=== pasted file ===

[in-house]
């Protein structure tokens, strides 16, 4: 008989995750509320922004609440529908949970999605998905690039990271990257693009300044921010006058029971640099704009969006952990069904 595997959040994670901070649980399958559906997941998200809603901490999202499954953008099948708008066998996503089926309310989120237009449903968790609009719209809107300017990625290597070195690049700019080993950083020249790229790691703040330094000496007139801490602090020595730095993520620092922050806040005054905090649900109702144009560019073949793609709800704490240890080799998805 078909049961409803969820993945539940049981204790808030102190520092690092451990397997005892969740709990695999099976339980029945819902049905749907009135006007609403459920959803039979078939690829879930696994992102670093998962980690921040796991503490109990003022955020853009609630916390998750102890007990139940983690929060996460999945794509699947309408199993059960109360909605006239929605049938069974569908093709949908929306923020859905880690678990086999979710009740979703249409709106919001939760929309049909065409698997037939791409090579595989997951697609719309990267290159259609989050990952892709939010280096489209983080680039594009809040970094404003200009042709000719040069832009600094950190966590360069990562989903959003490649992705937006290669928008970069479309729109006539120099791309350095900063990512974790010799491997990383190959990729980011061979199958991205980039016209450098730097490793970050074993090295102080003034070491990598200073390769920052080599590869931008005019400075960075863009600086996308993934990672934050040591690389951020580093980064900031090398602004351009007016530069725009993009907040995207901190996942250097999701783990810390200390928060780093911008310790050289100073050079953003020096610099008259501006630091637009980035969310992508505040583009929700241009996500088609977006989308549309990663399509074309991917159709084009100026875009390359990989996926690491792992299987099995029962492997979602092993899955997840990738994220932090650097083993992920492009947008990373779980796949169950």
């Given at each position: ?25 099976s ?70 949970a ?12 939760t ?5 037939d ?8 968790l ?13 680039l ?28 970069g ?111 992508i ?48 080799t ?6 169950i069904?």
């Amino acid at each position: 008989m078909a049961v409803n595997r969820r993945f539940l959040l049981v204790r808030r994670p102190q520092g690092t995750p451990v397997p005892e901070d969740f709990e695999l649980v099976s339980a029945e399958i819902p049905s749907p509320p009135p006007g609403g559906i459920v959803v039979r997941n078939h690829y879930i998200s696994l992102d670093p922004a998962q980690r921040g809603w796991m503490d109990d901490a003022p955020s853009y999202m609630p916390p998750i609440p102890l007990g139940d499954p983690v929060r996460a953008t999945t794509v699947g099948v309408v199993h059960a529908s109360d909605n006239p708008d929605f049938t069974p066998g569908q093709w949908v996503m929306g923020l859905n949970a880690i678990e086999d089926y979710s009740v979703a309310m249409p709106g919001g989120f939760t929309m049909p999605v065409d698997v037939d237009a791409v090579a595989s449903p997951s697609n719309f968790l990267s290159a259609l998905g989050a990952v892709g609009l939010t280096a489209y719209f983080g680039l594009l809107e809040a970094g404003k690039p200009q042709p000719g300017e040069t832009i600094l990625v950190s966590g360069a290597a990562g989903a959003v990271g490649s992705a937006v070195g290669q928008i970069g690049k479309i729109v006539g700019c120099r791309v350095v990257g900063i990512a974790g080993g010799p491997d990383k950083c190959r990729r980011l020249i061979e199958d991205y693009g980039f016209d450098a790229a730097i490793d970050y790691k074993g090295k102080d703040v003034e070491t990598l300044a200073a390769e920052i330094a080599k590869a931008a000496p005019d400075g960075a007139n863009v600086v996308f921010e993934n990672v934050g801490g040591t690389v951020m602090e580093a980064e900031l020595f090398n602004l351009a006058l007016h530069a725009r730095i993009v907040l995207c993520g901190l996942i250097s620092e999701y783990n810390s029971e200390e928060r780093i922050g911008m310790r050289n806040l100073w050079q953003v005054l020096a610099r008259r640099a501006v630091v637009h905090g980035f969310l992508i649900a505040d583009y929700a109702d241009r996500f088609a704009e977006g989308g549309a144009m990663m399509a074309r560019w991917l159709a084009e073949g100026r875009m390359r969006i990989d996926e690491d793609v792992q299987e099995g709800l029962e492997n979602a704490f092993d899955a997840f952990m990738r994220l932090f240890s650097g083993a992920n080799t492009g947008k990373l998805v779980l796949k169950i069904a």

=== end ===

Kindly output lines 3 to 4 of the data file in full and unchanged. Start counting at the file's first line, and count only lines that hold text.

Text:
């Given at each position: ?25 099976s ?70 949970a ?12 939760t ?5 037939d ?8 968790l ?13 680039l ?28 970069g ?111 992508i ?48 080799t ?6 169950i069904?």
């Amino acid at each position: 008989m078909a049961v409803n595997r969820r993945f539940l959040l049981v204790r808030r994670p102190q520092g690092t995750p451990v397997p005892e901070d969740f709990e695999l649980v099976s339980a029945e399958i819902p049905s749907p509320p009135p006007g609403g559906i459920v959803v039979r997941n078939h690829y879930i998200s696994l992102d670093p922004a998962q980690r921040g809603w796991m503490d109990d901490a003022p955020s853009y999202m609630p916390p998750i609440p102890l007990g139940d499954p983690v929060r996460a953008t999945t794509v699947g099948v309408v199993h059960a529908s109360d909605n006239p708008d929605f049938t069974p066998g569908q093709w949908v996503m929306g923020l859905n949970a880690i678990e086999d089926y979710s009740v979703a309310m249409p709106g919001g989120f939760t929309m049909p999605v065409d698997v037939d237009a791409v090579a595989s449903p997951s697609n719309f968790l990267s290159a259609l998905g989050a990952v892709g609009l939010t280096a489209y719209f983080g680039l594009l809107e809040a970094g404003k690039p200009q042709p000719g300017e040069t832009i600094l990625v950190s966590g360069a290597a990562g989903a959003v990271g490649s992705a937006v070195g290669q928008i970069g690049k479309i729109v006539g700019c120099r791309v350095v990257g900063i990512a974790g080993g010799p491997d990383k950083c190959r990729r980011l020249i061979e199958d991205y693009g980039f016209d450098a790229a730097i490793d970050y790691k074993g090295k102080d703040v003034e070491t990598l300044a200073a390769e920052i330094a080599k590869a931008a000496p005019d400075g960075a007139n863009v600086v996308f921010e993934n990672v934050g801490g040591t690389v951020m602090e580093a980064e900031l020595f090398n602004l351009a006058l007016h530069a725009r730095i993009v907040l995207c993520g901190l996942i250097s620092e999701y783990n810390s029971e200390e928060r780093i922050g911008m310790r050289n806040l100073w050079q953003v005054l020096a610099r008259r640099a501006v630091v637009h905090g980035f969310l992508i649900a505040d583009y929700a109702d241009r996500f088609a704009e977006g989308g549309a144009m990663m399509a074309r560019w991917l159709a084009e073949g100026r875009m390359r969006i990989d996926e690491d793609v792992q299987e099995g709800l029962e492997n979602a704490f092993d899955a997840f952990m990738r994220l932090f240890s650097g083993a992920n080799t492009g947008k990373l998805v779980l796949k169950i069904a």